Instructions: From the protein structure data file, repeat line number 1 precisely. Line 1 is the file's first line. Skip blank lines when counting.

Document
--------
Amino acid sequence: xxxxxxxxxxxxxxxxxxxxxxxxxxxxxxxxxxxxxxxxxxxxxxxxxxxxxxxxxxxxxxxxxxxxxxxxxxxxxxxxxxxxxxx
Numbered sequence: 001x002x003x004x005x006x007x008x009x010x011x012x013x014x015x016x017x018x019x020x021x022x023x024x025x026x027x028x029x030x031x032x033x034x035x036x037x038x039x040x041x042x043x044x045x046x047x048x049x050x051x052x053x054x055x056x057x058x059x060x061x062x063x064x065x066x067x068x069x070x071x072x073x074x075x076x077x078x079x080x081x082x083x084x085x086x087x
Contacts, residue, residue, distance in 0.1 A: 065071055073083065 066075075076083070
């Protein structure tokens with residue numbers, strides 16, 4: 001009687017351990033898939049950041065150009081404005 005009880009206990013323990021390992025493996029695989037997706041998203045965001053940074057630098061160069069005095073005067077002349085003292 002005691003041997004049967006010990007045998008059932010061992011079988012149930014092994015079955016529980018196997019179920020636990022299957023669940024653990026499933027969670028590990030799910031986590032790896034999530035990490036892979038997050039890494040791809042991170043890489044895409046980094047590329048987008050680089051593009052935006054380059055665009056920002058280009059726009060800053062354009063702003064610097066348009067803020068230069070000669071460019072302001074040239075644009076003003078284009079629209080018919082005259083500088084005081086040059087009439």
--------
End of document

Amino acid sequence: xxxxxxxxxxxxxxxxxxxxxxxxxxxxxxxxxxxxxxxxxxxxxxxxxxxxxxxxxxxxxxxxxxxxxxxxxxxxxxxxxxxxxxx